• Born April 23, 1985 Angel Locsin, 38. She starred as the superhero in the epic 170-episode Darna series on her country’s television. Her character looks suspiciously like Wonder Woman. 

(11) COMICS SECTION.

  • Close to Home shows The Wizard of Oz gang examining one character’s Ancestry.com results.

(12) A CRITIC’S CHOICE. Abigail Nussbaum shared “The 2023 Hugo Awards: My Hugo Ballot” at Asking the Wrong Questions. Makes a good reading list.

The deadline for nominating work for the 2023 Hugo awards is a week away. If you’re eligible to nominate, you should have received an email from the Chengdu Worldcon (if not, you can query them here). This year’s nominations are likely to be unusual due to the high number of Chinese Worldcon members—it’s entirely possible, and even likely, that the ballot will include Chinese-language work that hasn’t received an English translation, which will render the voting phase somewhat tricky. Still, it’s not as if I’m used to seeing my taste reflected perfectly by this award even in years when there is no language barrier, so I see no reason not to continue as I’ve always done, nominating the things I thought were excellent last year, and calling attention to them in the hopes that others, too, find them worthy.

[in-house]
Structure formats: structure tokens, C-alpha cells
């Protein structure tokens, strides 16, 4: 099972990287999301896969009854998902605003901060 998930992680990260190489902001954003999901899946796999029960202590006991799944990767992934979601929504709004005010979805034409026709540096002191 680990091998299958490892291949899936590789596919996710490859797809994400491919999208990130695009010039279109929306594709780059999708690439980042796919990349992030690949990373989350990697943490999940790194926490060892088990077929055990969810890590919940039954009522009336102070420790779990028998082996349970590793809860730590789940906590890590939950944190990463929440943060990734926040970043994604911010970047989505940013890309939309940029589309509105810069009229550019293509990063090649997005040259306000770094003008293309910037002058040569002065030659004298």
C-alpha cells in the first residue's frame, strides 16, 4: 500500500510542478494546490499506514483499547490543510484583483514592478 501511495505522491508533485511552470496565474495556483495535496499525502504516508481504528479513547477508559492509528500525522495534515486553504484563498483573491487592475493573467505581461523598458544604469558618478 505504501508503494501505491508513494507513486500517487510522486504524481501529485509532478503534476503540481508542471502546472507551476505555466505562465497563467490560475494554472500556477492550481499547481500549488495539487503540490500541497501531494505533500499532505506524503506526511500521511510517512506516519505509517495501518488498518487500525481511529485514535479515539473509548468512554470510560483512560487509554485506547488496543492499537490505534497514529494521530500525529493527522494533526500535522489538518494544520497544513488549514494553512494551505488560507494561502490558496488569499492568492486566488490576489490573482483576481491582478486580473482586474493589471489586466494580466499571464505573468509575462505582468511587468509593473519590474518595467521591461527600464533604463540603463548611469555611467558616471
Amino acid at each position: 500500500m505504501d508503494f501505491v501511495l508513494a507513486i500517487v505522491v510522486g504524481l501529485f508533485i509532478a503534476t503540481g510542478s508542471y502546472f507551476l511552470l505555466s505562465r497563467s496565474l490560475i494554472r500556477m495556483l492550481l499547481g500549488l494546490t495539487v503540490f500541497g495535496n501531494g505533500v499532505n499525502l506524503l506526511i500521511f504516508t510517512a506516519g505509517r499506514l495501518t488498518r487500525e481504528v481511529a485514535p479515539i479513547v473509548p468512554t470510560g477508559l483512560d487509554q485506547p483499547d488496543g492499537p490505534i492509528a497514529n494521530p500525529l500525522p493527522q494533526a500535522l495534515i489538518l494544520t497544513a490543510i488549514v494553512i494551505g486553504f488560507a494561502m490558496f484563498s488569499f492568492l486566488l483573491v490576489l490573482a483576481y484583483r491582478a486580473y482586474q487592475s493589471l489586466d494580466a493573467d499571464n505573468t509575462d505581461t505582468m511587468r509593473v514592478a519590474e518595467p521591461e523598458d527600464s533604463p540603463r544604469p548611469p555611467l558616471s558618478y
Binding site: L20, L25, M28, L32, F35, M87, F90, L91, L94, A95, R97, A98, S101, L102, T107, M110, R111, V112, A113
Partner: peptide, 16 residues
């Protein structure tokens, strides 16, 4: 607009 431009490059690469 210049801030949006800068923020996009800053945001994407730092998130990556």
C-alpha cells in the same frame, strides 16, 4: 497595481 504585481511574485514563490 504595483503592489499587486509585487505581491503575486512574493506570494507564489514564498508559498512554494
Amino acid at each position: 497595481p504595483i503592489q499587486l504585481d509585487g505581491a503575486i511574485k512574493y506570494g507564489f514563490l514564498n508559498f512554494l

In compiling my nominations this year, I made great use of two tremendous resources, the Locus Recommended Reading List and the Hugo Spreadsheet of Doom. I also appreciated all the authors and critics who have posted their own award recommendations on their blogs and on twitter. The conversation about awards eligibility posts was settled long ago on the “pro” side, and I have no problem with people who try to promote their own work. But I always pay more attention to (and get more utility out of) the people who recommend the things they loved and would like to see nominated as well as the things they’ve published….

(13) VIDEO’S FOREVER HOME. Polygon shows that “Anime Blu-rays and DvDs are more popular than ever”. “Blu-rays are great collectibles — and you never have to worry about your favorites disappearing from streaming”

… Calculating anime home video sales is complicated. The market for it in Japan has been declining almost yearly for the past decade — coinciding with the worldwide move to digital platforms — but specific releases, like the first Demon Slayer film, can inspire greater interest. That movie has both the highest box office in Japanese history, and sold over a million copies on Blu-ray and DVD within the first three days of its release. To put that kind of success in perspective, only three American blockbuster films in 2022 sold more than a million copies throughout the entire year.